T - Translate needs and strengths into active learning

Now to the question you all have in your head… How can this help us meet AYP and maintain our autonomy as a district?!

In the age of accountability… Differentiated instruction and assessment address educational standards with novel, intriguing strategies and skills in the diverse ways students learn. The goal of differentiation is to provide each student with the tools he or she can easily and automatically recall and apply in academic tasks and daily activities. (Chapman & King, 2005) As well as apply that information to a variety of assessments, including standardized tests.

Differentiated instruction and assessment address educational standards with novel, intriguing strategies and skills in the diverse ways students learn.

The goal of differentiation is to provide each student with the tools he or she can easily and automatically recall and apply in academic tasks and daily activities. (Chapman & King, 2005)

As well as apply that information to a variety of assessments, including standardized tests.

Fresh Ideas to Make Testing Better… Select the most appropriate time to administer the test Research shows that teenagers are more alert in the afternoon, rather than in the morning. Identify students who are easily distracted and provide them with a privacy cubicle or area with less distractions to take their test. Provide a relaxed, non-threatened atmosphere The threat of consequences creates anxiety and stress which are correlated with lower test scores. Teach test-taking skills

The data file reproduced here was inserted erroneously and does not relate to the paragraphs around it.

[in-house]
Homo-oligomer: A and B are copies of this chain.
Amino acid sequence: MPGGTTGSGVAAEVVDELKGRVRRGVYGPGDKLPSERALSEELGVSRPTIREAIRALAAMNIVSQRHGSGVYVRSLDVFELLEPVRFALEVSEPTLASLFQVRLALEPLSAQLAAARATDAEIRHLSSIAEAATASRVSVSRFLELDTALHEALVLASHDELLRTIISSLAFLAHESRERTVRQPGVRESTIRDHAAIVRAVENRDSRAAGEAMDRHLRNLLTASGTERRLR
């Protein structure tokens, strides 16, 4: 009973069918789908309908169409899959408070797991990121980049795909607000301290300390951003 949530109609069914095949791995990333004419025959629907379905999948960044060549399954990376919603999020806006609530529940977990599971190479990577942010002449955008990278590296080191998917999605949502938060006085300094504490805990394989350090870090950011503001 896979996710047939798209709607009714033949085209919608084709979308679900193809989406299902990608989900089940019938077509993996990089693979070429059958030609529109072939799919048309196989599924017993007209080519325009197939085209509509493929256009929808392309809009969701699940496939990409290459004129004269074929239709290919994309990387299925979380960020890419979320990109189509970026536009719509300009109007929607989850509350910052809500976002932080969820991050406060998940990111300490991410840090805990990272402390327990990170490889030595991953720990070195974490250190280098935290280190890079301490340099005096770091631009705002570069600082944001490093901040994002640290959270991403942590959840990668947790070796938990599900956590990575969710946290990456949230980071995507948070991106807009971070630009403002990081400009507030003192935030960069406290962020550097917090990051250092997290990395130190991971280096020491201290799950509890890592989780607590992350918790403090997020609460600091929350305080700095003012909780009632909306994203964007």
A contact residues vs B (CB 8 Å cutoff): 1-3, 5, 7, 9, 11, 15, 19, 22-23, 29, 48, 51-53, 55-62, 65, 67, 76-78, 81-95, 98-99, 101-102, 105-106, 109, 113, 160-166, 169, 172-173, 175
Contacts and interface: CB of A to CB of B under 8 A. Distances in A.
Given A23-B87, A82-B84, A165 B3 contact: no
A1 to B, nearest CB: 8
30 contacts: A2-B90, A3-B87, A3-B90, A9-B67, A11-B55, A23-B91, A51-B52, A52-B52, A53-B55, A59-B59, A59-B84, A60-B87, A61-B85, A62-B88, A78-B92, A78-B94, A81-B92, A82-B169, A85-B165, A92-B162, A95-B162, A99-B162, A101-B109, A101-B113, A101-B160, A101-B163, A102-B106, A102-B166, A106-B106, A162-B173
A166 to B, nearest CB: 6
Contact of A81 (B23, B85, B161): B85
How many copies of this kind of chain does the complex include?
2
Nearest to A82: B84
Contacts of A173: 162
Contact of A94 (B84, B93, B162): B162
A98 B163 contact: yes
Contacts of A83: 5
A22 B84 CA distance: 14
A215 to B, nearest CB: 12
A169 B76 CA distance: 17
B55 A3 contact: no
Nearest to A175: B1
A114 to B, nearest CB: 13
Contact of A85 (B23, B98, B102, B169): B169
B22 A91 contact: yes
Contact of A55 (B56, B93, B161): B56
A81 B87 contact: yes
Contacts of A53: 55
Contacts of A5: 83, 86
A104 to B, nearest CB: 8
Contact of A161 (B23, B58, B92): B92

Select the most appropriate time to administer the test

Research shows that teenagers are more alert in the afternoon, rather than in the morning.

Identify students who are easily distracted and provide them with a privacy cubicle or area with less distractions to take their test.

Provide a relaxed, non-threatened atmosphere

The threat of consequences creates anxiety and stress which are correlated with lower test scores.

Teach test-taking skills

Sources for this presentation Chapman & King, Carolyn, Rita (2005). Differentiated Assessment Strategies . Corwin Press, INC: Thousand Oaks, California. Tomlinson, Carol Ann (2001). How to differentiate instruction in mixed-ability classrooms . Alexandria, Virginia: Association for Supervision and Curriculum Development.   Wormeli, Rick (2007). Differentiation: From planning to practice grades 6-12 . Stenhouse Publishers: Portland, Maine.

Chapman & King, Carolyn, Rita (2005). Differentiated Assessment Strategies . Corwin Press, INC: Thousand Oaks, California.

Tomlinson, Carol Ann (2001). How to differentiate instruction in mixed-ability classrooms . Alexandria, Virginia: Association for Supervision and Curriculum Development.

  Wormeli, Rick (2007). Differentiation: From planning to practice grades 6-12 . Stenhouse Publishers: Portland, Maine.

Resources for further development A fantastic article! “Finding manageable ways to meet individual needs” http://www.ascd.org/ed_topics/cu2000win_willis.html Some fun upper level strategies to try out… http://www.newhorizons.org/lifelong/adolescence/weber.htm Differentiation explained in plain english! http://www.teach-nology.com/tutorials/teaching/differentiate/print.htm Awesome website sources for just about any subjcet and level! http:// school.discovery.com/schrockguide /

A fantastic article! “Finding manageable ways to meet individual needs” http://www.ascd.org/ed_topics/cu2000win_willis.html

Some fun upper level strategies to try out…

http://www.newhorizons.org/lifelong/adolescence/weber.htm

Differentiation explained in plain english!

http://www.teach-nology.com/tutorials/teaching/differentiate/print.htm

Awesome website sources for just about any subjcet and level!

http:// school.discovery.com/schrockguide /